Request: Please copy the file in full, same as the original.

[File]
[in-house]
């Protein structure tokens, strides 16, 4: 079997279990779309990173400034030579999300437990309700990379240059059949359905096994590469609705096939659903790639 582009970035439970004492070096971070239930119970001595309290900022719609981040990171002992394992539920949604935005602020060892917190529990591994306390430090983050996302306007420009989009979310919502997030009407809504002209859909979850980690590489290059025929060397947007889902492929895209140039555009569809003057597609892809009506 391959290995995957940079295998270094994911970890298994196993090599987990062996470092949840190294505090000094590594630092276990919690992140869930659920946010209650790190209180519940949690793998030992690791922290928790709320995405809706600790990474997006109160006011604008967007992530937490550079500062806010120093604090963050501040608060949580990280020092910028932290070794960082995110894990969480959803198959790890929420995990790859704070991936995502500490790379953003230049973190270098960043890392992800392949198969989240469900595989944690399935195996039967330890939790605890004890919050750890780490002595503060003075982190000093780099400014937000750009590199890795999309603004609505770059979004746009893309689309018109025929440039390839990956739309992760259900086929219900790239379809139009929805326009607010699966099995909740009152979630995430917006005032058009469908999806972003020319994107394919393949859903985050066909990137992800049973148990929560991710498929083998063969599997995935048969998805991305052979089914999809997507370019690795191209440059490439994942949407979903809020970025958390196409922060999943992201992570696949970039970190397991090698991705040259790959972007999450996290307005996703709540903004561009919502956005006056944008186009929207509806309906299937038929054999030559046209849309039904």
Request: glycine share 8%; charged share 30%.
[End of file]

[in-house]
């Protein structure tokens, strides 16, 4: 079997279990779309990173400034030579999300437990309700990379240059059949359905096994590469609705096939659903790639 582009970035439970004492070096971070239930119970001595309290900022719609981040990171002992394992539920949604935005602020060892917190529990591994306390430090983050996302306007420009989009979310919502997030009407809504002209859909979850980690590489290059025929060397947007889902492929895209140039555009569809003057597609892809009506 391959290995995957940079295998270094994911970890298994196993090599987990062996470092949840190294505090000094590594630092276990919690992140869930659920946010209650790190209180519940949690793998030992690791922290928790709320995405809706600790990474997006109160006011604008967007992530937490550079500062806010120093604090963050501040608060949580990280020092910028932290070794960082995110894990969480959803198959790890929420995990790859704070991936995502500490790379953003230049973190270098960043890392992800392949198969989240469900595989944690399935195996039967330890939790605890004890919050750890780490002595503060003075982190000093780099400014937000750009590199890795999309603004609505770059979004746009893309689309018109025929440039390839990956739309992760259900086929219900790239379809139009929805326009607010699966099995909740009152979630995430917006005032058009469908999806972003020319994107394919393949859903985050066909990137992800049973148990929560991710498929083998063969599997995935048969998805991305052979089914999809997507370019690795191209440059490439994942949407979903809020970025958390196409922060999943992201992570696949970039970190397991090698991705040259790959972007999450996290307005996703709540903004561009919502956005006056944008186009929207509806309906299937038929054999030559046209849309039904």
Request: glycine share 8%; charged share 30%.